Forza Horizon 5 is adding American Sign Language and British Sign Language to its 300-something cutscenes this week. Playground Games originally announced in November that the feature would be implemented, with creative director Mike Brown saying it was “a priority to incorporate accessibility features” into the game.
A free update arriving on March 1 will add both languages as a choice for Forza Horizon 5’s cinematics. While the game (like many) already has subtitles, plain text can make it difficult to convey tone, enthusiasm and emotions. Not only can on-screen signers help bring those things to life, but reading captions can often cause fatigue for those whose first language is ASL or BSL as they’re structured differently to English.
“We actually learned that although we think subtitles are great and help everyone, they actually aren’t that helpful for people that are deaf or hard of hearing who rely on signing,” Forza Horizon 5 producer Tarnya Smith said. “It was a big wake up call for us, and then we realised that this was something we’re really passionate about and we could really break that boundary and push forward.”
Cameron Akitt, one of the hard of hearing consultants present throughout Forza Horizon 5’s development, explained how “it’s a really tiring experience, not being able to access your first language.” Akitt said: “including sign language is about enabling more deaf and hard of hearing people to have ownership over their gaming experience.”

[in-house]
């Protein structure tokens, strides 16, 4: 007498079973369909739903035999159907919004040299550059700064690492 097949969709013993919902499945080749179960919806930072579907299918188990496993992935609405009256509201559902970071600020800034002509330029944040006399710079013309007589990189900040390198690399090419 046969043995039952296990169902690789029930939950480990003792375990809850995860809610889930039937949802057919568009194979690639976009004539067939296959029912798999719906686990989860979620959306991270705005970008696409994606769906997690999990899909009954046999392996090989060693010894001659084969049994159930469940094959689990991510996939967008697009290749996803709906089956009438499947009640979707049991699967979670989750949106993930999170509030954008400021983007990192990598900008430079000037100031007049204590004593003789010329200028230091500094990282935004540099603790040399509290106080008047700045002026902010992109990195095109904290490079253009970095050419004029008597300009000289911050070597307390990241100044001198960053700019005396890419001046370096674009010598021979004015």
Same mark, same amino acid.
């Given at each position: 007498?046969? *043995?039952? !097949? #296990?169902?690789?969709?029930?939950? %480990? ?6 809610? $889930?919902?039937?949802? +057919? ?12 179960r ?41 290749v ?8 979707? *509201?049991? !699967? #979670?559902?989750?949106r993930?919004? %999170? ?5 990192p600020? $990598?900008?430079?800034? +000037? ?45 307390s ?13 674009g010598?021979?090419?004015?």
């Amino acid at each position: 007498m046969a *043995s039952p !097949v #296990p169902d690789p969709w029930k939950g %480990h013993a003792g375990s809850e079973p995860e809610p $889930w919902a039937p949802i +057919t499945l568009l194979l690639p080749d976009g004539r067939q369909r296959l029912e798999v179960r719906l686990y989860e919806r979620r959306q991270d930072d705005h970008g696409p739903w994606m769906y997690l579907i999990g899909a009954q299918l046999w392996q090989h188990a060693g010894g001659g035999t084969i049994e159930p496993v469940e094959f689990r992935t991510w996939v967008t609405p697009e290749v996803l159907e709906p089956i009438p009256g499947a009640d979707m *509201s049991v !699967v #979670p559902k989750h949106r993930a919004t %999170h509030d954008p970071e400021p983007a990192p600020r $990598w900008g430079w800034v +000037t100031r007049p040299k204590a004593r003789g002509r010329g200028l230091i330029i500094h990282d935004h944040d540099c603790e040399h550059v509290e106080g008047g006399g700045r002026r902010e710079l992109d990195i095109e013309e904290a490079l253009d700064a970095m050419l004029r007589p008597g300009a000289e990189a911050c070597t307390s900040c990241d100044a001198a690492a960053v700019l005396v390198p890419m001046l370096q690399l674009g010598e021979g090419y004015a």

There are a few different options for choosing either ASL or BSL in the game’s settings. Once you’ve selected which language you want, you can choose to add a sign language background or leave things transparent. You can also choose where the sign language picture-in-picture will appear, such as the bottom corner or either side of the screen. I’m neither hard of hearing nor deaf so I can’t exactly make a clear judgement on the way sign language is being presented, but it seems as though Playground Games has made a decent effort to offer choice and inclusivity where possible.
Picture-in-picture sign language joins an already decent bundle of accessibility features in the game. It currently has options such as customisable subtitles, text-to-speech, colourblind filters and a slider to adjust the offline game speed. Accessibility in gaming is becoming an increasingly hot topic, with Ruth Cassidy writing last year how “accessibility isn’t a one-size-fits-all solution, as not all disabled people have the same needs.”